Mads - once again you have delivered a very detailed and interesting blog. Thanks. It was a fun read.Japanese saw horses - floor horses (blog)
Japanese saw horses
This time low saw horses, these are for Japanese woodworking, and so they are meant to keep the items in good position for sitting work and for bend, standing jobs like rip cut with a Japanese saw.
Once more a roof rafter that a friend gave me nice thick wood and wide also, the same as I used for my shaving horse (thank you Jakob).
First step is to mark up careful with pen and Sashigane (Japanese square).
And do not forget a cold beer….
Now since I don't have any saw horses I use my power tools (perhaps also I was lazy or tired but do not tell that to the rest of LJ…).
(Some can see I also work on a different Japanese project at that time, but we will get back to that - others notice something for smoking).
Then I clean up the beams, since they need to get the final size.
Before and after Japanese plane.
Some ornamentation is tradition on the feet.
Now drill a hole all the way through.
Some more drawing and adding the size of the beams now.
Two cuts with a Japanese saw and some clean up - do not ask why I used English chisels and not Japanese…
Mark carefully what leg belongs where for perfect fit.
Do you get the idea?
Then drill from the bottom down through the beams, app half way or so.
(The detail will come later).
Ok I was lazy…
And cleaned up again.
To make the feet stand good on the floor without rocking we need some shape to give them more points to stand on.
This I did by clamping them together and drill two round holes, half to each side.
(Notice the beautiful Japanese clamps).
Shaping the shoulders.
Of course it could have been done by hand.
More clean up, this time planing the faces of the feet.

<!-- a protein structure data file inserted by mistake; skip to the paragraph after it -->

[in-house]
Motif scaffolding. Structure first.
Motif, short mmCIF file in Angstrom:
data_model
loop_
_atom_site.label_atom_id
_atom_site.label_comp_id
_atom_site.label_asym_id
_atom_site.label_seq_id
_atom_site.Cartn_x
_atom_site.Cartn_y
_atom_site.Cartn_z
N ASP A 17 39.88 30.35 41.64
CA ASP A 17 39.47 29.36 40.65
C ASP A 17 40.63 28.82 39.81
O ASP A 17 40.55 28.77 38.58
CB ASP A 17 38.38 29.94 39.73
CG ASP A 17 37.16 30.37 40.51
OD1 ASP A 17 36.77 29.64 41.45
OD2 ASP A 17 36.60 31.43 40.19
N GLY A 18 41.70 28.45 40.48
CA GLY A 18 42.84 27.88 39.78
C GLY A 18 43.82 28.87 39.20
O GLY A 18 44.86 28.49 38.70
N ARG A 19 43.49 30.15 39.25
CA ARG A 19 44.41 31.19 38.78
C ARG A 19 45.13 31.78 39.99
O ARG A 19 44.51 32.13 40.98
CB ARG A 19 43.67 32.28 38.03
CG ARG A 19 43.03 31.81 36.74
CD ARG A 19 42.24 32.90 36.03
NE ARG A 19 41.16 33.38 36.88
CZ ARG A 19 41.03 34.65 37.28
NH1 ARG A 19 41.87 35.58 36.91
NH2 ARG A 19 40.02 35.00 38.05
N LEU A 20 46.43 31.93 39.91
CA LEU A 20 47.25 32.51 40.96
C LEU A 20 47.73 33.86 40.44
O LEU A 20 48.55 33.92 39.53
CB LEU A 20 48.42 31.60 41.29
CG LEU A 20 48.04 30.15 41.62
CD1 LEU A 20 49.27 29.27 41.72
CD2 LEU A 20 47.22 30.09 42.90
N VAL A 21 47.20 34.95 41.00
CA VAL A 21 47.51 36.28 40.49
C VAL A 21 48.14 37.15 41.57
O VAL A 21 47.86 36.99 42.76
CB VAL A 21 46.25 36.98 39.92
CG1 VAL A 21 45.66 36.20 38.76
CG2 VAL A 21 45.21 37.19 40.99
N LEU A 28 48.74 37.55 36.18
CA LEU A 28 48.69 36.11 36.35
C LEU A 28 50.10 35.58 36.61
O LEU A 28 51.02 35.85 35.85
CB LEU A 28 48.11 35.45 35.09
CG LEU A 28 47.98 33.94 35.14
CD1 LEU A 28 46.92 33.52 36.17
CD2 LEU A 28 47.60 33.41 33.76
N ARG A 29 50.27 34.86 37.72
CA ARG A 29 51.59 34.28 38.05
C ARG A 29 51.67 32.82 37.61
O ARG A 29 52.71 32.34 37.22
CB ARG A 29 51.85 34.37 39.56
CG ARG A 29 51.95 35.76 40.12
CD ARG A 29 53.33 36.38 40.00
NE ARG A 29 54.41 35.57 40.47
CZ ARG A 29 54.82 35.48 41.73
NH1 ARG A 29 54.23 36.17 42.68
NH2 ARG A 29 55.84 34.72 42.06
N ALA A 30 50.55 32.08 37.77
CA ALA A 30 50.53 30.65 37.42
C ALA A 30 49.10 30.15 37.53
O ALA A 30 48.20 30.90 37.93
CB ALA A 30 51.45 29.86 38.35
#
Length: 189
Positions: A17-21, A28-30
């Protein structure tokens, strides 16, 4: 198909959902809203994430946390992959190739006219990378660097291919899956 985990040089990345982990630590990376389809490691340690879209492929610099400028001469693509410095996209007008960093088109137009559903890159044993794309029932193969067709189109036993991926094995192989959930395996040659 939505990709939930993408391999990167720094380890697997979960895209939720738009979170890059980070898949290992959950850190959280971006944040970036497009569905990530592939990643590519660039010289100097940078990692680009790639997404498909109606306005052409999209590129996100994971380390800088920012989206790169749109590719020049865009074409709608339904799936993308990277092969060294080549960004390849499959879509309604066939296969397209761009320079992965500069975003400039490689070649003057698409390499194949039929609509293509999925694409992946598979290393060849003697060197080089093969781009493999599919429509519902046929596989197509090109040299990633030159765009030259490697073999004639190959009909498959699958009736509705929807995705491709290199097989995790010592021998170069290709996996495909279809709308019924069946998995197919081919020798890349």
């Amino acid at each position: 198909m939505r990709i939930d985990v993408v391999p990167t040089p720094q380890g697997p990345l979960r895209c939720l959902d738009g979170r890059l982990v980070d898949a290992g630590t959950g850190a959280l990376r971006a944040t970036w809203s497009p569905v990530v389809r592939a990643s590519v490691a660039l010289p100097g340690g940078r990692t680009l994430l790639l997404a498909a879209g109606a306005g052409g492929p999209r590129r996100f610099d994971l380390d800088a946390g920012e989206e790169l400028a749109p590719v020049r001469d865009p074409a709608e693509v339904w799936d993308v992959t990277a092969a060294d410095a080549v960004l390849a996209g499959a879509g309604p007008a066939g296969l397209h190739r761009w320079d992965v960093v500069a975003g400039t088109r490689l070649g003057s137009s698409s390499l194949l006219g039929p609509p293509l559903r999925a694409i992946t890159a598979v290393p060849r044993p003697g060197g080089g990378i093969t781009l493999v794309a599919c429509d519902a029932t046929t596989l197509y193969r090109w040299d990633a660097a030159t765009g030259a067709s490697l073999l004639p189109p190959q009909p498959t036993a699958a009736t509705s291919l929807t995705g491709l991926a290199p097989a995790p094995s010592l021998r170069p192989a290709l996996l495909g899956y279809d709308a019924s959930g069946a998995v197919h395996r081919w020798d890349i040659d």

(Sounds kind of stupid… faces of feet… feet's have toes, not faces!).
Making some dowels for the feet.
This will make the feet and beams connect really strong.
Glue them in.
I rounded then a little so they are easier to stick into the beam after.
I also drilled a hole and added a bamboo stick through to secure the dowel.
And cut it of flush.
Finally some visual permanent marks to pare the feet and beams.
Here we are Japanese saw horses.
Hope this blog can bring some inspiration to others that play with Japanese tools and work methods.
I want to send a special warm thought to Toshio Odate, thank you for inspire ring me with your book, but most of all my sister who offered me my Japanese chisels and a Kanna that was the reason why this interest started.
Tools from Japan: http://www.toolsfromjapan.com/store/index.php?main_page=page&id=9&chapter=5
Popular science 1967: http://books.google.com/books?id=CSEDAAAAMBAJ&pg=PA138&lpg=PA138&dq=holding+a+japanese+kanna&source=bl&ots=RmhOU8AEM3&sig=lwDdDHI-nKp3JZVTI438ToM8cFI&hl=da&ei=q-0xTsnZIoKh-QblkJiXDQ&sa=X&oi=book_result&ct=result&resnum=10&ved=0CGwQ6AEwCQ#v=onepage&q=holding%20a%20japanese%20kanna&f=false
Jims version of the horses: http://lumberjocks.com/projects/68231 with stops.
Also (I have to say this) for a guy who says he doesn't have a work-shop, you seem
to have a pretty well stocked work-shop! What's the story?